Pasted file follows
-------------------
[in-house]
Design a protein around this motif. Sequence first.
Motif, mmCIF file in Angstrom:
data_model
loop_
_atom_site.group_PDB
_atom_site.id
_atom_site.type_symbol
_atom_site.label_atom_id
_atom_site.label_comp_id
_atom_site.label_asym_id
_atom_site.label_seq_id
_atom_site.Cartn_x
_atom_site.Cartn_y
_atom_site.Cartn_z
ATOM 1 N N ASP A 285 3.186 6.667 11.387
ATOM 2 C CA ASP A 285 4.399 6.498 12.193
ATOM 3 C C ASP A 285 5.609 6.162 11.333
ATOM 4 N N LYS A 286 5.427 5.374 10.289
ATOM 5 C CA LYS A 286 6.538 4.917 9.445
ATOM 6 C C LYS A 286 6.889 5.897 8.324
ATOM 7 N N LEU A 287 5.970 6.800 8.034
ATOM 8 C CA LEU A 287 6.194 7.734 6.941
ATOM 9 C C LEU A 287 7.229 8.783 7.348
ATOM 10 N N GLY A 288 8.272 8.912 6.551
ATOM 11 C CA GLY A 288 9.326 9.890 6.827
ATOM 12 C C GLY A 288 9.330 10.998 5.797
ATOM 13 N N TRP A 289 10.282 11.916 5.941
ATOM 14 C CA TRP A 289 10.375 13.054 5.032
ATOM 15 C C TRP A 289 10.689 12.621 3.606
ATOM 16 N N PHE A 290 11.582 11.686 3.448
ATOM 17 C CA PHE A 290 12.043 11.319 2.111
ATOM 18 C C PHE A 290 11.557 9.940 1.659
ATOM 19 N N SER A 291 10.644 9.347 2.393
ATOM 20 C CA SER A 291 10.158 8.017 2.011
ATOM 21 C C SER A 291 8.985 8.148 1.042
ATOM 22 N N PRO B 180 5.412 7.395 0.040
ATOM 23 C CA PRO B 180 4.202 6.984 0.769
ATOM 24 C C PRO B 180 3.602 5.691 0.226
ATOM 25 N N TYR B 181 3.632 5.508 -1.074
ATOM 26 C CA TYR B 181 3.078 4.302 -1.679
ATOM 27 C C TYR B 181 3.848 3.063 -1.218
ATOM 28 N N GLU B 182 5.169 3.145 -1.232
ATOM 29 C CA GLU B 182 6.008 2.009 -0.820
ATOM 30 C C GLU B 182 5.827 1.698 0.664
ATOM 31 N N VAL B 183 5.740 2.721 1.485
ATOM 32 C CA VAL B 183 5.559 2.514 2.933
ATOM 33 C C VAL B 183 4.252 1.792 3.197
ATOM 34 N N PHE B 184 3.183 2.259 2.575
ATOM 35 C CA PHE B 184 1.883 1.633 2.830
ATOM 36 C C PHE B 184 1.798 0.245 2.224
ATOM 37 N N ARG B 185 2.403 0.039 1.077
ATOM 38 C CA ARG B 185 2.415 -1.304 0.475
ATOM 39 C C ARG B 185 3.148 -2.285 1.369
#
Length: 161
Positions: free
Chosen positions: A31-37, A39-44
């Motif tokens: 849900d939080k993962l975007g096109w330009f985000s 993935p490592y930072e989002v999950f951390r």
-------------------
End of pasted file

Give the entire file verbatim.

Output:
[in-house]
Design a protein around this motif. Sequence first.
Motif, mmCIF file in Angstrom:
data_model
loop_
_atom_site.group_PDB
_atom_site.id
_atom_site.type_symbol
_atom_site.label_atom_id
_atom_site.label_comp_id
_atom_site.label_asym_id
_atom_site.label_seq_id
_atom_site.Cartn_x
_atom_site.Cartn_y
_atom_site.Cartn_z
ATOM 1 N N ASP A 285 3.186 6.667 11.387
ATOM 2 C CA ASP A 285 4.399 6.498 12.193
ATOM 3 C C ASP A 285 5.609 6.162 11.333
ATOM 4 N N LYS A 286 5.427 5.374 10.289
ATOM 5 C CA LYS A 286 6.538 4.917 9.445
ATOM 6 C C LYS A 286 6.889 5.897 8.324
ATOM 7 N N LEU A 287 5.970 6.800 8.034
ATOM 8 C CA LEU A 287 6.194 7.734 6.941
ATOM 9 C C LEU A 287 7.229 8.783 7.348
ATOM 10 N N GLY A 288 8.272 8.912 6.551
ATOM 11 C CA GLY A 288 9.326 9.890 6.827
ATOM 12 C C GLY A 288 9.330 10.998 5.797
ATOM 13 N N TRP A 289 10.282 11.916 5.941
ATOM 14 C CA TRP A 289 10.375 13.054 5.032
ATOM 15 C C TRP A 289 10.689 12.621 3.606
ATOM 16 N N PHE A 290 11.582 11.686 3.448
ATOM 17 C CA PHE A 290 12.043 11.319 2.111
ATOM 18 C C PHE A 290 11.557 9.940 1.659
ATOM 19 N N SER A 291 10.644 9.347 2.393
ATOM 20 C CA SER A 291 10.158 8.017 2.011
ATOM 21 C C SER A 291 8.985 8.148 1.042
ATOM 22 N N PRO B 180 5.412 7.395 0.040
ATOM 23 C CA PRO B 180 4.202 6.984 0.769
ATOM 24 C C PRO B 180 3.602 5.691 0.226
ATOM 25 N N TYR B 181 3.632 5.508 -1.074
ATOM 26 C CA TYR B 181 3.078 4.302 -1.679
ATOM 27 C C TYR B 181 3.848 3.063 -1.218
ATOM 28 N N GLU B 182 5.169 3.145 -1.232
ATOM 29 C CA GLU B 182 6.008 2.009 -0.820
ATOM 30 C C GLU B 182 5.827 1.698 0.664
ATOM 31 N N VAL B 183 5.740 2.721 1.485
ATOM 32 C CA VAL B 183 5.559 2.514 2.933
ATOM 33 C C VAL B 183 4.252 1.792 3.197
ATOM 34 N N PHE B 184 3.183 2.259 2.575
ATOM 35 C CA PHE B 184 1.883 1.633 2.830
ATOM 36 C C PHE B 184 1.798 0.245 2.224
ATOM 37 N N ARG B 185 2.403 0.039 1.077
ATOM 38 C CA ARG B 185 2.415 -1.304 0.475
ATOM 39 C C ARG B 185 3.148 -2.285 1.369
#
Length: 161
Positions: free
Chosen positions: A31-37, A39-44
């Motif tokens: 849900d939080k993962l975007g096109w330009f985000s 993935p490592y930072e989002v999950f951390r």